Axenstar – End of All Hope (Ram It Down Records)Wednesday, 1st May 2019
The career arc of a metal band can be lightning quick – or slow and steady – depending on the driving force of the members, the songwriting, and the team they assemble around them. Swedish power metal act Axenstar have been entrenched in the latter category, around since the early 2000’s – their early years spent on Arise Records where albums like Far from Heaven and The Inquisition delivered a steady supply of melodic, European-style tracks that delighted fans of Stratovarius and Sonata Arctica. Shifting into heavier fare while switching labels for The Final Requiem and Aftermath, it’s now been five years between records as we arrive at the seventh album End of All Hope. Changes include a new label with Ram it Down, and a new drummer in Hampus Fasth – as well as a broader musical outlook that doesn’t dismiss the band’s prevailing power metal foundation but adds in some fresh influences to give these ten songs more dynamic diversity as well as staying power.
Right away in the first measures of “Legions” Hampus showcases his power double kick and semi-blasting differences from previous kit men, and yet can still lay down those solid tempo mechanics the listeners demand in the power genre. Magnus Winterwild as a singer has that unique upper register voice – never overreaching for falsettos, seeking out every opportunity for the best chorus harmonies as you’ll hear on “King of Fools” and uplifting keyboard/guitar driven “My Kingdom Come”. The two longest songs “A Moment in Time” and “Of Pain and Misery” appear at the midway and finale points of the record – the former a semi-ballad with airy clean guitar action and a throwback, almost California-like vocal melody penetrating the aural landscape, while the latter features a sinister mid-tempo guitar crunch almost like Metallica circa the black album, an emotive, purposeful lead break that includes circular twin harmonies perfect for audience inclusion and a calmer ending. Often this record has the feel of a mixture of Axenstar’s total discography – intertwining mid-tempo anthems with finesse and striding confidently into the uplifting speedier, power fare, never overstaying in one avenue too long to bore the listener. Fists will pump at the steady, slower double bass and guitar/keyboard groove during personal favorite “The Unholy”, combining the best of Nocturnal Rites and Evergrey even as the instrumental section clicks into fifth gear for a few measures.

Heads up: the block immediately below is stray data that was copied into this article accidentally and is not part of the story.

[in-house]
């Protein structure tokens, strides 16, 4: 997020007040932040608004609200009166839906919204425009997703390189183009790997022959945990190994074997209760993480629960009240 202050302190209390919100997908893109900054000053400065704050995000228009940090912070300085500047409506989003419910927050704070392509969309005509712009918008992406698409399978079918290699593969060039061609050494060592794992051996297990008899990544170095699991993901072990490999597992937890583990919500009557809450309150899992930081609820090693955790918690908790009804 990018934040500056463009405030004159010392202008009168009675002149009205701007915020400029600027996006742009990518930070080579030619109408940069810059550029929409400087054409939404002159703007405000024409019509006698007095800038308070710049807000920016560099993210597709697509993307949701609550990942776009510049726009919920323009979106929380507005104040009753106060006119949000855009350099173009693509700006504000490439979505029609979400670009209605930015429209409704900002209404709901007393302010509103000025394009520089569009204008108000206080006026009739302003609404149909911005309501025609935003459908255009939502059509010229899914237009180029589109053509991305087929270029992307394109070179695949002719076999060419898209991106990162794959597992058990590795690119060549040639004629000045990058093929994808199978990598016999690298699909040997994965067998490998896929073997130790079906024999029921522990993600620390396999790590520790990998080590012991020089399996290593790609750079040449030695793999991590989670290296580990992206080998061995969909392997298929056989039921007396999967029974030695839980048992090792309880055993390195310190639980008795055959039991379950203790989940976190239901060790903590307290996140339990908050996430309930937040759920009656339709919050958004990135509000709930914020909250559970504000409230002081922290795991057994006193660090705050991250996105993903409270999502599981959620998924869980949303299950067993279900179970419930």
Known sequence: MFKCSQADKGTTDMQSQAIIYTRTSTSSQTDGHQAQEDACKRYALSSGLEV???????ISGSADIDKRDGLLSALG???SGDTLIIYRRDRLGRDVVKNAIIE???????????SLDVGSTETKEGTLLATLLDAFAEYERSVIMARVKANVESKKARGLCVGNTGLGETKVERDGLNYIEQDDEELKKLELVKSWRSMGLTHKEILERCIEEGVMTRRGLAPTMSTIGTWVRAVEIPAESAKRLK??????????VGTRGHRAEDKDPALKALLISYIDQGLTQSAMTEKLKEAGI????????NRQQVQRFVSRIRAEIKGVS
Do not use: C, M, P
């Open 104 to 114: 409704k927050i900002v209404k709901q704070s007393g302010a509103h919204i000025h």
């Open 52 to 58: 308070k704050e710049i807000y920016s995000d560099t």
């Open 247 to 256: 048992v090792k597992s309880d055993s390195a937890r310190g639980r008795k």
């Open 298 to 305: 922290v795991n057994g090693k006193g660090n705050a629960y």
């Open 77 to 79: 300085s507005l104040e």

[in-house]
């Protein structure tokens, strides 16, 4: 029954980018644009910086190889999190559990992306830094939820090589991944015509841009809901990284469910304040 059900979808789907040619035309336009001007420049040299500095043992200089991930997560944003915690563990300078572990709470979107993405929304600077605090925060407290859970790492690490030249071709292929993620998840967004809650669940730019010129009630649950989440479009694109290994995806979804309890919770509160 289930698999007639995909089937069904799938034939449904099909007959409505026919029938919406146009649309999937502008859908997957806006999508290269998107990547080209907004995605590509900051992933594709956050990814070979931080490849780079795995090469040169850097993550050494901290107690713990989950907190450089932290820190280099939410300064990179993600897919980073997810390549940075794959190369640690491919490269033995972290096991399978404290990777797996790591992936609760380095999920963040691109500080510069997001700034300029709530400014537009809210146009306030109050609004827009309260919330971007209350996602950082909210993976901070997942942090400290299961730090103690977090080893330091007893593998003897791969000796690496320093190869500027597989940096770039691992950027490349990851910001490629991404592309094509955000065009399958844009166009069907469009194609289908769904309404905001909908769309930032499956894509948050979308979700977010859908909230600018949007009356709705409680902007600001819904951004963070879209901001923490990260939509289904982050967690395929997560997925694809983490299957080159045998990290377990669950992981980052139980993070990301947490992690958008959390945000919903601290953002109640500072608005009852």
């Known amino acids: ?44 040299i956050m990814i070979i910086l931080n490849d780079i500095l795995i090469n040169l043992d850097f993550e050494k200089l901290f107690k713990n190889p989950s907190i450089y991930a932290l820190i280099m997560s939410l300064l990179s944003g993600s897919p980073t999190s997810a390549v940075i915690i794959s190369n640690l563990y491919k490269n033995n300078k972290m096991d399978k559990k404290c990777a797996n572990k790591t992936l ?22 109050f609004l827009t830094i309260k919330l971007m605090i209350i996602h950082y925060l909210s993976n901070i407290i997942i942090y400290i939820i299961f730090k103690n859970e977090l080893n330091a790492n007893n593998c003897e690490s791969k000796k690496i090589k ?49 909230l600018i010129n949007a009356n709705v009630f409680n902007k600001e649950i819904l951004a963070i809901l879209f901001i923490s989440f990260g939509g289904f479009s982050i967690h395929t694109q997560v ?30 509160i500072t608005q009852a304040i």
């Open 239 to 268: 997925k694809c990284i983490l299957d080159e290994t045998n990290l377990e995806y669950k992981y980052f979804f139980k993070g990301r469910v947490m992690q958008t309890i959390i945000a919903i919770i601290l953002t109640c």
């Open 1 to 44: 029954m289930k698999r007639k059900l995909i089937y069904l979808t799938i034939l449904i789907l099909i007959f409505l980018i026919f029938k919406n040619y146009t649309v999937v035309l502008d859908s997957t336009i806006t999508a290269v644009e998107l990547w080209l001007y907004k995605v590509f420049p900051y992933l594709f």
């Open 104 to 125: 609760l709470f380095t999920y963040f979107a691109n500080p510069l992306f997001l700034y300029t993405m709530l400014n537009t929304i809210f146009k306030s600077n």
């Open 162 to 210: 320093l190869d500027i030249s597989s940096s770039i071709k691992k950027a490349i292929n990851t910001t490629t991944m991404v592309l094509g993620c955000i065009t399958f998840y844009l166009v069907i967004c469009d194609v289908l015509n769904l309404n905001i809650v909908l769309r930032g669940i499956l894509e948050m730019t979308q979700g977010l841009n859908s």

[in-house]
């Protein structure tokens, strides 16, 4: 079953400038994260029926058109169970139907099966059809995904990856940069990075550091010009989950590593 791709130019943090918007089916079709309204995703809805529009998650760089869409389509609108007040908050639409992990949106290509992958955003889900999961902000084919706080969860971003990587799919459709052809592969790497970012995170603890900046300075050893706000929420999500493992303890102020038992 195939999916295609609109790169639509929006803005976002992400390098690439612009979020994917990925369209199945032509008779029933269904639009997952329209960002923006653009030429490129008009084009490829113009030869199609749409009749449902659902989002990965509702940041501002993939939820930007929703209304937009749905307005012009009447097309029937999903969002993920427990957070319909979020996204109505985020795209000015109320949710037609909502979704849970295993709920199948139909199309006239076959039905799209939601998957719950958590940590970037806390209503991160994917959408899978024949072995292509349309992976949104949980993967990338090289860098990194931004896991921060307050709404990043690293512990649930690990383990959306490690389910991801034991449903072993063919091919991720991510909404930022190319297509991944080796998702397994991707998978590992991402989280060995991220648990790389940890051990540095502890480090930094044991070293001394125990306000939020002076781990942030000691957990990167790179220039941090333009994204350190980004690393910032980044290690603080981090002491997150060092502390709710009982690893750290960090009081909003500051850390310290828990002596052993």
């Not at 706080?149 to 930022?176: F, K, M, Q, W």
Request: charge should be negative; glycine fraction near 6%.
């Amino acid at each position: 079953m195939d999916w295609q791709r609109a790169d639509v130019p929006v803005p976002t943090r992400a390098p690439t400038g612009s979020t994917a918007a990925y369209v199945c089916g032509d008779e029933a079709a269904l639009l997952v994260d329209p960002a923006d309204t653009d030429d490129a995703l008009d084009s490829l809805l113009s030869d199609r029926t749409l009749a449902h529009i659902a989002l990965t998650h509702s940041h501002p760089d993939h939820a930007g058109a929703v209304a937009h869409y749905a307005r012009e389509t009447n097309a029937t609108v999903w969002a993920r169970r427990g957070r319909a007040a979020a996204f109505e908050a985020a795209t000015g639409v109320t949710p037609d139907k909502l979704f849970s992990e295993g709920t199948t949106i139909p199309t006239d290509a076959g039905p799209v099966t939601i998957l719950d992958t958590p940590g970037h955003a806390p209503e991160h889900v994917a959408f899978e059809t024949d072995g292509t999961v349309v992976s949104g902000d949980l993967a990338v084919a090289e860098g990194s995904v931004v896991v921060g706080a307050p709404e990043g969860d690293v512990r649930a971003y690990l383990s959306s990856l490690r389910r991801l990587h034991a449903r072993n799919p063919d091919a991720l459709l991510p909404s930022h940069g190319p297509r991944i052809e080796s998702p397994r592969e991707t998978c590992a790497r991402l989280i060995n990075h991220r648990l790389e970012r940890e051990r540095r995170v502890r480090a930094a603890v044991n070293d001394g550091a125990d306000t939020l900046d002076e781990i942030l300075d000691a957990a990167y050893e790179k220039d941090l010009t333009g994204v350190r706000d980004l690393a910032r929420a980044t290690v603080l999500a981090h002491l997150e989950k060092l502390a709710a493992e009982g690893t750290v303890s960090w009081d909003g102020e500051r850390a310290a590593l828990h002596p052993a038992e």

The grey colors for the cover art with hints of blood against zombie portraits differ from the typical power metal brightness – and illustrate accurately that Axenstar are a band that see-saw between European and American aspects to their music. End of All Hope consistently gains attention as you peel back the layers listen after listen, as a result placing it very high in their catalog of work and ideal for those who want some bite and dynamic twists in their power metal.